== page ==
TOKYO -- Japan's top mutual fund by assets will reduce monthly payouts amid a tough year for the U.S.-property-focused vehicle, a popular one for income-seeking older investors.
Fidelity U.S. REIT Fund B had net assets of roughly 1.44 trillion yen ($13.2 billion) as of Friday. That made it the largest among stock investment trusts -- the category it falls under -- excluding exchange-traded funds.
Fidelity Investments Japan will lower the monthly dividend from 100 yen per 10,000 shares to about 70 yen in November, the first cut since 2012. This will lower the fund's annualized dividend yield from 29% to around 20%, based on Monday's net asset value of 4,203 yen.
Mutual funds investing in overseas real estate investment trusts typically distribute money to investors each month. They have become popular among yield-focused older investors seeking a regular income stream to help make ends meet.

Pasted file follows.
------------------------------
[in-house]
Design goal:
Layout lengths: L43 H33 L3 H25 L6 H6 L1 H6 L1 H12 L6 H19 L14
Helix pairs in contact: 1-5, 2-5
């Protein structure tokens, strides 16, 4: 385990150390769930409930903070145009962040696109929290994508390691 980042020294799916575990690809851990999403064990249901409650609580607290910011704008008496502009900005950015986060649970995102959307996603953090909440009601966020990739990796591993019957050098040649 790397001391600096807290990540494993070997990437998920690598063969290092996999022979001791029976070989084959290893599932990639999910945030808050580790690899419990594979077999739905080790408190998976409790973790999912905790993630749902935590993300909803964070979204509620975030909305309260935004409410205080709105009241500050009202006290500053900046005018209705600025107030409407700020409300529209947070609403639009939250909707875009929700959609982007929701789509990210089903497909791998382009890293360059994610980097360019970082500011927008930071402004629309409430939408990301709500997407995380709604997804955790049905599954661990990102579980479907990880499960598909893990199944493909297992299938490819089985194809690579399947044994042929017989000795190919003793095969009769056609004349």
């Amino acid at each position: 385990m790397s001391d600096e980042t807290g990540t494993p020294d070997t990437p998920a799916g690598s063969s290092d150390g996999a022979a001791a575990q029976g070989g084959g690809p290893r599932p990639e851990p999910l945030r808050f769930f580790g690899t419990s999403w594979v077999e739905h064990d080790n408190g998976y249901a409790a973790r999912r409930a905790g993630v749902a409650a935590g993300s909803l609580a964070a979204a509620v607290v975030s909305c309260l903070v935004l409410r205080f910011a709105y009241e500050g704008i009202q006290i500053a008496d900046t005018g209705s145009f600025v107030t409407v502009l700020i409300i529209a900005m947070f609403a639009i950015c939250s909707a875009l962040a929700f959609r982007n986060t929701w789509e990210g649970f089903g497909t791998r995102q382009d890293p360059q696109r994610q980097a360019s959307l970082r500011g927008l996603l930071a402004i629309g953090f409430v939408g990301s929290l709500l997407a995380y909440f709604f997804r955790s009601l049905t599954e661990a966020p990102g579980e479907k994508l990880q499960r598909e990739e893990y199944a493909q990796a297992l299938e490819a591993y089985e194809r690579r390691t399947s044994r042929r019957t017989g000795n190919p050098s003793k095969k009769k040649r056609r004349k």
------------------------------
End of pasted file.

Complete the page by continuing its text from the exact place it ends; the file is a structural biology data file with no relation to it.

But these funds are struggling to make money. Higher U.S. long-term interest rates make borrowing more expensive for REITs, and the yen's appreciation in the first half of this year has served as a headwind as well. A benchmark U.S. REIT index has fallen more than 10% in yen terms since the end of 2015.
Japan's Financial Services Agency frowns on tapping into capital to pay monthly dividends even when returns are poor, a practice that has become common among big asset management companies competing for customers. Now that Fidelity -- the largest money manager by net assets -- is cutting dividends, other foreign-REIT funds may follow suit.
Funds investing in overseas REITs manage net assets worth 8 trillion yen -- accounting for 10% of the assets in publicly offered mutual funds -- and make up six of Japan's 10 largest funds by assets. Inflows into these funds accelerated after the introduction of negative interest rates, with more than 2.2 trillion yen flooding in between January and October, equivalent to 40% of the total for all stock funds.